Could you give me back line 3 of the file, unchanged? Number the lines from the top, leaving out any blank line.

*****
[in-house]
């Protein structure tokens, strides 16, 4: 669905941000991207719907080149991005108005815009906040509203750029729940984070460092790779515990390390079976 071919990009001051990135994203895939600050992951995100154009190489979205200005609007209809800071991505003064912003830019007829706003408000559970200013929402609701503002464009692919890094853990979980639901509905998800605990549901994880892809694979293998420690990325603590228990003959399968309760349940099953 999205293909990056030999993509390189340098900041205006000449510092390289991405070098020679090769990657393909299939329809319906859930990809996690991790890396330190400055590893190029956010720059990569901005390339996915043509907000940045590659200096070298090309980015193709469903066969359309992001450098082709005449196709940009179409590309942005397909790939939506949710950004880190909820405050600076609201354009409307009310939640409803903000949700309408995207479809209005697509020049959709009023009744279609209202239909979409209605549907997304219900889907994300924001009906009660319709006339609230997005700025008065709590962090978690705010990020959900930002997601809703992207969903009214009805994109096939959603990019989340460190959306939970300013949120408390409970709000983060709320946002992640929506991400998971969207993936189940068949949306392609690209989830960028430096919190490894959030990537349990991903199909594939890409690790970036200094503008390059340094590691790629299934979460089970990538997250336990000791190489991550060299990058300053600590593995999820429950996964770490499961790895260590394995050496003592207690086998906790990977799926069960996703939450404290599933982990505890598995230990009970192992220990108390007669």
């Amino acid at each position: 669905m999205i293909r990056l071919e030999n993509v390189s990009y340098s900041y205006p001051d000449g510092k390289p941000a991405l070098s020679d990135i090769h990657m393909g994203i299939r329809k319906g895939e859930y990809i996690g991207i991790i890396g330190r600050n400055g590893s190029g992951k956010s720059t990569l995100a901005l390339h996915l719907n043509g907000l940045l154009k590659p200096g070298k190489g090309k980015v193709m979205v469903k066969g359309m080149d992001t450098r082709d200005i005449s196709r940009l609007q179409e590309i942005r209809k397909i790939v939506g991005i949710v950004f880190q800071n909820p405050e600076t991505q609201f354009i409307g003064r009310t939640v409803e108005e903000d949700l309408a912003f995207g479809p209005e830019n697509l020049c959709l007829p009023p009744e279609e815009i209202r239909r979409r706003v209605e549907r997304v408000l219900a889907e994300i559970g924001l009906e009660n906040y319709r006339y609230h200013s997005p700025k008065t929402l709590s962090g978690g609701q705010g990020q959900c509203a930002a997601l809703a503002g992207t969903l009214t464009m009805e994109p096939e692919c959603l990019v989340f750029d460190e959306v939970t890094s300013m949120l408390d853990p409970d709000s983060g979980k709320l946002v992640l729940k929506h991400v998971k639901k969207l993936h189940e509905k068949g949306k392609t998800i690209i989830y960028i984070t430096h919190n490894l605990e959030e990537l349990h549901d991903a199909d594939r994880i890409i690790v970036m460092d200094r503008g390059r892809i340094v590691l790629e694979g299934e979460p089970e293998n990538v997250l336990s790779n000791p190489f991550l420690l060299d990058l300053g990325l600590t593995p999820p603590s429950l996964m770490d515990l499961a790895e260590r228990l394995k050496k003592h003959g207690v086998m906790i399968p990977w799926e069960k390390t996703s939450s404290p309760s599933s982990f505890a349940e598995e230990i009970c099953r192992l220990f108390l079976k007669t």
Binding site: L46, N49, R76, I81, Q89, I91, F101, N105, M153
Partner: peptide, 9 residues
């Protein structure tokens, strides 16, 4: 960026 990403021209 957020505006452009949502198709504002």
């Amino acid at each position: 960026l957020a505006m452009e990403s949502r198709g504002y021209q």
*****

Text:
């Amino acid at each position: 669905m999205i293909r990056l071919e030999n993509v390189s990009y340098s900041y205006p001051d000449g510092k390289p941000a991405l070098s020679d990135i090769h990657m393909g994203i299939r329809k319906g895939e859930y990809i996690g991207i991790i890396g330190r600050n400055g590893s190029g992951k956010s720059t990569l995100a901005l390339h996915l719907n043509g907000l940045l154009k590659p200096g070298k190489g090309k980015v193709m979205v469903k066969g359309m080149d992001t450098r082709d200005i005449s196709r940009l609007q179409e590309i942005r209809k397909i790939v939506g991005i949710v950004f880190q800071n909820p405050e600076t991505q609201f354009i409307g003064r009310t939640v409803e108005e903000d949700l309408a912003f995207g479809p209005e830019n697509l020049c959709l007829p009023p009744e279609e815009i209202r239909r979409r706003v209605e549907r997304v408000l219900a889907e994300i559970g924001l009906e009660n906040y319709r006339y609230h200013s997005p700025k008065t929402l709590s962090g978690g609701q705010g990020q959900c509203a930002a997601l809703a503002g992207t969903l009214t464009m009805e994109p096939e692919c959603l990019v989340f750029d460190e959306v939970t890094s300013m949120l408390d853990p409970d709000s983060g979980k709320l946002v992640l729940k929506h991400v998971k639901k969207l993936h189940e509905k068949g949306k392609t998800i690209i989830y960028i984070t430096h919190n490894l605990e959030e990537l349990h549901d991903a199909d594939r994880i890409i690790v970036m460092d200094r503008g390059r892809i340094v590691l790629e694979g299934e979460p089970e293998n990538v997250l336990s790779n000791p190489f991550l420690l060299d990058l300053g990325l600590t593995p999820p603590s429950l996964m770490d515990l499961a790895e260590r228990l394995k050496k003592h003959g207690v086998m906790i399968p990977w799926e069960k390390t996703s939450s404290p309760s599933s982990f505890a349940e598995e230990i009970c099953r192992l220990f108390l079976k007669t």